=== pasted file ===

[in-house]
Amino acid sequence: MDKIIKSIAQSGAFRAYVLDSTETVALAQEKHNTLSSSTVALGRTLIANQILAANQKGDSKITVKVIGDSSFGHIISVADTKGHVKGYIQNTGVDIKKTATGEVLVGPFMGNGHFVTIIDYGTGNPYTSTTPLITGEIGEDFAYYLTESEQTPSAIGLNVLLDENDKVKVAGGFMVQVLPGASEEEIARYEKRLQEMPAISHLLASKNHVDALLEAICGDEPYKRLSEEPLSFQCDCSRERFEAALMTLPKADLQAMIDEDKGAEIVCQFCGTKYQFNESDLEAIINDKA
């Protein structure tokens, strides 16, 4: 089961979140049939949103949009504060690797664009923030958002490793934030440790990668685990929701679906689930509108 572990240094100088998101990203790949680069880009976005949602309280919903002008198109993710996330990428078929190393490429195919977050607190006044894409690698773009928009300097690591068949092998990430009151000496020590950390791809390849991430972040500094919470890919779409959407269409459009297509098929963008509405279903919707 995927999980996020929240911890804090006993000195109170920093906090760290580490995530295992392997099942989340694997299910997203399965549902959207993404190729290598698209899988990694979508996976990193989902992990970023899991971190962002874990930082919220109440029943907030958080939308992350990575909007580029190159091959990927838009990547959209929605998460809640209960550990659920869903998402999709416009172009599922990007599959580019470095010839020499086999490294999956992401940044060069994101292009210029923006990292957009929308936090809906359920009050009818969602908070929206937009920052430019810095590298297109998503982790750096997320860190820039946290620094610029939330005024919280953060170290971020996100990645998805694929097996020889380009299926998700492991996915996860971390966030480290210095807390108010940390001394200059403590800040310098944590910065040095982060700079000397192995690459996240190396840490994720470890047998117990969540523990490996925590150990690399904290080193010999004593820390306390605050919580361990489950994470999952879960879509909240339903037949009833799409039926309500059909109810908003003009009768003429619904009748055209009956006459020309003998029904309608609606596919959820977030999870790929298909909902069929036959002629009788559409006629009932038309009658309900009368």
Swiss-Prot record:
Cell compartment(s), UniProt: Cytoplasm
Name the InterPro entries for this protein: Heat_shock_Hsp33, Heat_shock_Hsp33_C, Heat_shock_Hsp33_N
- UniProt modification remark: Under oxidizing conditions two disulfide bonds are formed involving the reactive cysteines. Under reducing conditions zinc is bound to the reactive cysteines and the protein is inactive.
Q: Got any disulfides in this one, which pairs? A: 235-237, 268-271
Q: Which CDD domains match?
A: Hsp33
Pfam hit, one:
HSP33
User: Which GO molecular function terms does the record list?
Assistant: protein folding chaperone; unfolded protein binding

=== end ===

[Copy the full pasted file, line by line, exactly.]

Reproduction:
[in-house]
Amino acid sequence: MDKIIKSIAQSGAFRAYVLDSTETVALAQEKHNTLSSSTVALGRTLIANQILAANQKGDSKITVKVIGDSSFGHIISVADTKGHVKGYIQNTGVDIKKTATGEVLVGPFMGNGHFVTIIDYGTGNPYTSTTPLITGEIGEDFAYYLTESEQTPSAIGLNVLLDENDKVKVAGGFMVQVLPGASEEEIARYEKRLQEMPAISHLLASKNHVDALLEAICGDEPYKRLSEEPLSFQCDCSRERFEAALMTLPKADLQAMIDEDKGAEIVCQFCGTKYQFNESDLEAIINDKA
């Protein structure tokens, strides 16, 4: 089961979140049939949103949009504060690797664009923030958002490793934030440790990668685990929701679906689930509108 572990240094100088998101990203790949680069880009976005949602309280919903002008198109993710996330990428078929190393490429195919977050607190006044894409690698773009928009300097690591068949092998990430009151000496020590950390791809390849991430972040500094919470890919779409959407269409459009297509098929963008509405279903919707 995927999980996020929240911890804090006993000195109170920093906090760290580490995530295992392997099942989340694997299910997203399965549902959207993404190729290598698209899988990694979508996976990193989902992990970023899991971190962002874990930082919220109440029943907030958080939308992350990575909007580029190159091959990927838009990547959209929605998460809640209960550990659920869903998402999709416009172009599922990007599959580019470095010839020499086999490294999956992401940044060069994101292009210029923006990292957009929308936090809906359920009050009818969602908070929206937009920052430019810095590298297109998503982790750096997320860190820039946290620094610029939330005024919280953060170290971020996100990645998805694929097996020889380009299926998700492991996915996860971390966030480290210095807390108010940390001394200059403590800040310098944590910065040095982060700079000397192995690459996240190396840490994720470890047998117990969540523990490996925590150990690399904290080193010999004593820390306390605050919580361990489950994470999952879960879509909240339903037949009833799409039926309500059909109810908003003009009768003429619904009748055209009956006459020309003998029904309608609606596919959820977030999870790929298909909902069929036959002629009788559409006629009932038309009658309900009368």
Swiss-Prot record:
Cell compartment(s), UniProt: Cytoplasm
Name the InterPro entries for this protein: Heat_shock_Hsp33, Heat_shock_Hsp33_C, Heat_shock_Hsp33_N
- UniProt modification remark: Under oxidizing conditions two disulfide bonds are formed involving the reactive cysteines. Under reducing conditions zinc is bound to the reactive cysteines and the protein is inactive.
Q: Got any disulfides in this one, which pairs? A: 235-237, 268-271
Q: Which CDD domains match?
A: Hsp33
Pfam hit, one:
HSP33
User: Which GO molecular function terms does the record list?
Assistant: protein folding chaperone; unfolded protein binding